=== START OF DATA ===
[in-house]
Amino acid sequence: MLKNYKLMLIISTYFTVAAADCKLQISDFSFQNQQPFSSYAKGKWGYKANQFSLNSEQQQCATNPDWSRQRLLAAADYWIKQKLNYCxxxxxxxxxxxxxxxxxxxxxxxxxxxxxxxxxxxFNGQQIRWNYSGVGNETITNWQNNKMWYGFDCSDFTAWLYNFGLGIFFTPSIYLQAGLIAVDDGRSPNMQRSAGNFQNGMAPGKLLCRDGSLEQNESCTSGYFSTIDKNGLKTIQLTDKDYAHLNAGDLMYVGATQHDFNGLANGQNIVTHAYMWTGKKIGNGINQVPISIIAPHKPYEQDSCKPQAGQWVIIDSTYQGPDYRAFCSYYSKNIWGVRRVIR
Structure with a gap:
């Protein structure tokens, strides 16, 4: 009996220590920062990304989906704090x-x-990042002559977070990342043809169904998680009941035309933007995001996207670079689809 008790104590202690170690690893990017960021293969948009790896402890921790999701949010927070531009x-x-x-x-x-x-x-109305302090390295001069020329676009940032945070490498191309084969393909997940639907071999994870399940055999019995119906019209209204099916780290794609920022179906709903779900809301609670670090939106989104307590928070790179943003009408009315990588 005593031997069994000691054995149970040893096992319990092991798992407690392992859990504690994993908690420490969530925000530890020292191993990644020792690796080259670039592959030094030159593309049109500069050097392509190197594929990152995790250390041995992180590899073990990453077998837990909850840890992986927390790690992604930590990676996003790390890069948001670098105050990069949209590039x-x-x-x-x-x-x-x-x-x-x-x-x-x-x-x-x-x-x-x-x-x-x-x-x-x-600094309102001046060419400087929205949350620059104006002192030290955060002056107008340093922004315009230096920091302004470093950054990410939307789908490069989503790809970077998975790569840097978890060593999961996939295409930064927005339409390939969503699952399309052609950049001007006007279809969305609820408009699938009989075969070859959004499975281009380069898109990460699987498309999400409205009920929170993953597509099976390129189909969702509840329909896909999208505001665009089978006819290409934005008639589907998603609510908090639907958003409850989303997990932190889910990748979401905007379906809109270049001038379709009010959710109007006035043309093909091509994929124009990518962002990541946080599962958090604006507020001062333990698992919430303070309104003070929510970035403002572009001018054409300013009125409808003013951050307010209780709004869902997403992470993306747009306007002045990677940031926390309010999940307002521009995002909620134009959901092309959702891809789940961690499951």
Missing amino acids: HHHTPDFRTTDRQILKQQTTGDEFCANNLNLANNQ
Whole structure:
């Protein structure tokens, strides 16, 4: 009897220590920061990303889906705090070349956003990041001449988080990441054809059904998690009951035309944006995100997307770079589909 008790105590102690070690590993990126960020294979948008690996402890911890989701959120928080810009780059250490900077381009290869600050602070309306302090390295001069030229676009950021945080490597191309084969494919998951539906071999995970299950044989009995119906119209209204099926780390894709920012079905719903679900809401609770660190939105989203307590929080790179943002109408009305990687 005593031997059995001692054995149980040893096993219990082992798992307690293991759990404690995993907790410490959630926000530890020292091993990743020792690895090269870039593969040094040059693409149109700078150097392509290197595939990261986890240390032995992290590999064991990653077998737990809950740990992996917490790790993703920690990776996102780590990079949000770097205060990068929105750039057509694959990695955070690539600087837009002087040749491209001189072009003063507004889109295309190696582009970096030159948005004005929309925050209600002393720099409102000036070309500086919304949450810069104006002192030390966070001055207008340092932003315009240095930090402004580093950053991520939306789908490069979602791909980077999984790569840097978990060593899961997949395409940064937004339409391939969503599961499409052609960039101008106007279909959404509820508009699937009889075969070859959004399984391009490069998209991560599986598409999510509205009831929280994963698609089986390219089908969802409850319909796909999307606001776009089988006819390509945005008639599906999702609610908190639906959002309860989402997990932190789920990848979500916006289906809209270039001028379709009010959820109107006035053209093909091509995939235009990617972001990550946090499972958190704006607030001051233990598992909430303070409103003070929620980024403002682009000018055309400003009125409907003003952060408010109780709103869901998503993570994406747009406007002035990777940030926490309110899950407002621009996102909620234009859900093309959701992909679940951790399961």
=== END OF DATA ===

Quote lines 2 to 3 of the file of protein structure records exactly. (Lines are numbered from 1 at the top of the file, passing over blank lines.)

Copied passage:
Amino acid sequence: MLKNYKLMLIISTYFTVAAADCKLQISDFSFQNQQPFSSYAKGKWGYKANQFSLNSEQQQCATNPDWSRQRLLAAADYWIKQKLNYCxxxxxxxxxxxxxxxxxxxxxxxxxxxxxxxxxxxFNGQQIRWNYSGVGNETITNWQNNKMWYGFDCSDFTAWLYNFGLGIFFTPSIYLQAGLIAVDDGRSPNMQRSAGNFQNGMAPGKLLCRDGSLEQNESCTSGYFSTIDKNGLKTIQLTDKDYAHLNAGDLMYVGATQHDFNGLANGQNIVTHAYMWTGKKIGNGINQVPISIIAPHKPYEQDSCKPQAGQWVIIDSTYQGPDYRAFCSYYSKNIWGVRRVIR
Structure with a gap: